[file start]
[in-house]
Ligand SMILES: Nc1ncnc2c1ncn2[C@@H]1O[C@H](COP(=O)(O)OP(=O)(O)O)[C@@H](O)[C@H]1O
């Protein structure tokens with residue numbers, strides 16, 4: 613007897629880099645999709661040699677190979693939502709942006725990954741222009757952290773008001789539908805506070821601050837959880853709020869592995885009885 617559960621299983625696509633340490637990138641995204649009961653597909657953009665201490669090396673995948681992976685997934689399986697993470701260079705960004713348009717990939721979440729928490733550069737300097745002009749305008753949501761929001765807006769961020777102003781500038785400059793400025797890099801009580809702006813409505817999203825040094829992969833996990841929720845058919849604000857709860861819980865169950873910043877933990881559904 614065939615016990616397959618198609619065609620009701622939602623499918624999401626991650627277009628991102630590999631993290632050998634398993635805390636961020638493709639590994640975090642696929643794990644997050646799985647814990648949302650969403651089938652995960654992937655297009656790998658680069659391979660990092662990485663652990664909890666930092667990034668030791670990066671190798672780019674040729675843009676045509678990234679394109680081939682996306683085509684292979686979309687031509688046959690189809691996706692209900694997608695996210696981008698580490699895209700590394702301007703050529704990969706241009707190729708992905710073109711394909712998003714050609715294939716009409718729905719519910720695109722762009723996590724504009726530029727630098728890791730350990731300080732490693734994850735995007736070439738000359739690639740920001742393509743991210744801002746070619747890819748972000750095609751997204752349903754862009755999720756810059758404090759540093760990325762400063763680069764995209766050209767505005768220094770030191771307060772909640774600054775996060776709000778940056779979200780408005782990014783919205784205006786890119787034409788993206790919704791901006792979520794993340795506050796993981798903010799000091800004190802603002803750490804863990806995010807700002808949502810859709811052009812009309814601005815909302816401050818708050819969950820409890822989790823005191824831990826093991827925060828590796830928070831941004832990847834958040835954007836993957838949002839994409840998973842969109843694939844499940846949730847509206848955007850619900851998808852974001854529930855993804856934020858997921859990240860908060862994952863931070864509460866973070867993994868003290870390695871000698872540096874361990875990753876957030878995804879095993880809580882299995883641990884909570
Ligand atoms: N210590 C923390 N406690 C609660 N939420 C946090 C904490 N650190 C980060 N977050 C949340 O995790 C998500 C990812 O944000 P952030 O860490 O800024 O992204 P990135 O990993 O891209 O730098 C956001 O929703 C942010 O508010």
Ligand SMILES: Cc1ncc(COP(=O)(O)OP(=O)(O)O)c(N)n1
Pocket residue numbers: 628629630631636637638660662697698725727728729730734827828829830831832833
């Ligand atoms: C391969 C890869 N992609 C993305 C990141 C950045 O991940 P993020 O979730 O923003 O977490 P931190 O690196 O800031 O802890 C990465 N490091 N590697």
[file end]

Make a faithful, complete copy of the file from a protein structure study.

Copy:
[in-house]
Ligand SMILES: Nc1ncnc2c1ncn2[C@@H]1O[C@H](COP(=O)(O)OP(=O)(O)O)[C@@H](O)[C@H]1O
């Protein structure tokens with residue numbers, strides 16, 4: 613007897629880099645999709661040699677190979693939502709942006725990954741222009757952290773008001789539908805506070821601050837959880853709020869592995885009885 617559960621299983625696509633340490637990138641995204649009961653597909657953009665201490669090396673995948681992976685997934689399986697993470701260079705960004713348009717990939721979440729928490733550069737300097745002009749305008753949501761929001765807006769961020777102003781500038785400059793400025797890099801009580809702006813409505817999203825040094829992969833996990841929720845058919849604000857709860861819980865169950873910043877933990881559904 614065939615016990616397959618198609619065609620009701622939602623499918624999401626991650627277009628991102630590999631993290632050998634398993635805390636961020638493709639590994640975090642696929643794990644997050646799985647814990648949302650969403651089938652995960654992937655297009656790998658680069659391979660990092662990485663652990664909890666930092667990034668030791670990066671190798672780019674040729675843009676045509678990234679394109680081939682996306683085509684292979686979309687031509688046959690189809691996706692209900694997608695996210696981008698580490699895209700590394702301007703050529704990969706241009707190729708992905710073109711394909712998003714050609715294939716009409718729905719519910720695109722762009723996590724504009726530029727630098728890791730350990731300080732490693734994850735995007736070439738000359739690639740920001742393509743991210744801002746070619747890819748972000750095609751997204752349903754862009755999720756810059758404090759540093760990325762400063763680069764995209766050209767505005768220094770030191771307060772909640774600054775996060776709000778940056779979200780408005782990014783919205784205006786890119787034409788993206790919704791901006792979520794993340795506050796993981798903010799000091800004190802603002803750490804863990806995010807700002808949502810859709811052009812009309814601005815909302816401050818708050819969950820409890822989790823005191824831990826093991827925060828590796830928070831941004832990847834958040835954007836993957838949002839994409840998973842969109843694939844499940846949730847509206848955007850619900851998808852974001854529930855993804856934020858997921859990240860908060862994952863931070864509460866973070867993994868003290870390695871000698872540096874361990875990753876957030878995804879095993880809580882299995883641990884909570
Ligand atoms: N210590 C923390 N406690 C609660 N939420 C946090 C904490 N650190 C980060 N977050 C949340 O995790 C998500 C990812 O944000 P952030 O860490 O800024 O992204 P990135 O990993 O891209 O730098 C956001 O929703 C942010 O508010």
Ligand SMILES: Cc1ncc(COP(=O)(O)OP(=O)(O)O)c(N)n1
Pocket residue numbers: 628629630631636637638660662697698725727728729730734827828829830831832833
């Ligand atoms: C391969 C890869 N992609 C993305 C990141 C950045 O991940 P993020 O979730 O923003 O977490 P931190 O690196 O800031 O802890 C990465 N490091 N590697």